Academic journal article Alcohol Research

Engaging Communities to Prevent Underage Drinking

Academic journal article Alcohol Research

Engaging Communities to Prevent Underage Drinking

Article excerpt

Research has identified multiple risk factors that increase the likelihood of alcohol use among youth and young adults. These conditions or experiences include individual characteristics (e.g., displaying aggression at a young age or believing that alcohol use is not harmful), peer influences (e.g., having friends who use alcohol or who believe that alcohol use is acceptable), family experiences (e.g., heavy alcohol use by parents or siblings, or inadequate parental supervision), school factors (e.g., academic failure, or having a low commitment to school or education), and neighborhood experiences (e.g., availability of alcohol to youth, or community norms that are permissive of youth alcohol use) (Durlak 1998; Hawkins et al. 1992; Pentz 1998). Protective or promotive factors that ameliorate the negative influences of risk factors or directly reduce the likelihood of alcohol use among young people also exist in all areas of people's lives. They include, for example, being attached to others who do not abuse alcohol, having a resilient temperament, or holding clear standards against the use of alcohol before one is of legal age (Pollard et al. 1999; Werner 1993).

Prevention efforts aimed at reducing rates of alcohol use typically do so by seeking to minimize the target population's exposure to harmful risk factors and/or enhance protective/promotive factors (Coie et al. 1993; Munoz et al. 1996). Focusing prevention efforts on youth offers particularly great potential, because the early onset of drinking has been associated with an increased likelihood of alcohol dependence later in life (Hingson et al. 2006). Although many prevention efforts have been found to reduce tobacco, alcohol, and other drug use (Hawkins et al. 1995; National Research Council and Institute of Medicine 2009; Spoth et al. 2008), these strategies often are limited by addressing risk and protective factors in just one socialization domain. Thus, most of these efforts focus only on the most direct (i.e., proximal) causes of alcohol use, such as the availability of alcohol or peer or family influences, rather than targeting the complex contexts in which youth and young adults live. This narrow focus may reduce the overall impact and long-term effectiveness of alcohol-abuse prevention strategies, both because multiple factors affect alcohol use and because the effectiveness of any intervention likely is compromised if the environment in which people live is unfavorable to or does not support intervention goals and activities (Flay 2000; Wagenaar and Perry 1994).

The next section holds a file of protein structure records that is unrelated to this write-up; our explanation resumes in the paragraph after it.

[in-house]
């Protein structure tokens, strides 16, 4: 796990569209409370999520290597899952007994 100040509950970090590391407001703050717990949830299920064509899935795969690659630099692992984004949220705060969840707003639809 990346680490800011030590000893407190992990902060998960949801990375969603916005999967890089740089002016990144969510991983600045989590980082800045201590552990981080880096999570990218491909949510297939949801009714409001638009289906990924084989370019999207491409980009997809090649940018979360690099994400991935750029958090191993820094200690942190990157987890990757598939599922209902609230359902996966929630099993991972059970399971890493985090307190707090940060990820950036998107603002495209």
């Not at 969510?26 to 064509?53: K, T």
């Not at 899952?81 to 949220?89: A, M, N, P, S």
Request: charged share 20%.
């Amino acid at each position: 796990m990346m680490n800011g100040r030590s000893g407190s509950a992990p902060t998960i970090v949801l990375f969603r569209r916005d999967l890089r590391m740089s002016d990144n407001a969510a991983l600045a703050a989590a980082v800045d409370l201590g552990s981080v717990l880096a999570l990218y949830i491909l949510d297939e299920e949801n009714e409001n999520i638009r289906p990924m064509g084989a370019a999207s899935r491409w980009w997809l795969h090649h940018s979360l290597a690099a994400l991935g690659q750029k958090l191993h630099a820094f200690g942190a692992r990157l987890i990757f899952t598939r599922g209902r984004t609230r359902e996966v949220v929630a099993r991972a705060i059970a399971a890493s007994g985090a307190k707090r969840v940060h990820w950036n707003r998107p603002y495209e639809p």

One at least equally promising strategy for affecting rates of alcohol use, abuse, and dependence (not just among youth and young adults) centers on community-based efforts. Such approaches rely on multiple strategies intended to change a variety of factors that place individuals at risk for engaging in alcohol misuse (Pentz 1998; Wandersman and Florin 2003). Most of these efforts seek to alter not only proximal influences, but also the long-term, structural, and environmental influences associated with alcohol abuse and dependence, which increases their potential to make a significant and long-lasting impact (Wagenaar et al. 1994). By saturating the environment with prevention strategies and messages, community-based efforts aim to reach many individuals, which may allow them to achieve population-level reductions in alcohol misuse.

Another potential advantage of community-based strategies is their reliance on members of the local community to plan, implement, and monitor prevention activities, usually via coalitions made up of stakeholders from diverse organizations and backgrounds. By actively involving the community in the prevention effort, these approaches may enhance community buy-in for prevention activities and may help to ensure that services are a good fit with local needs, resources, and norms (Hawkins et al. 2002; Stevenson and Mitchell, 2003; Wandersman et al. …

Search by... Author
Show... All Results Primary Sources Peer-reviewed

Oops!

An unknown error has occurred. Please click the button below to reload the page. If the problem persists, please try again in a little while.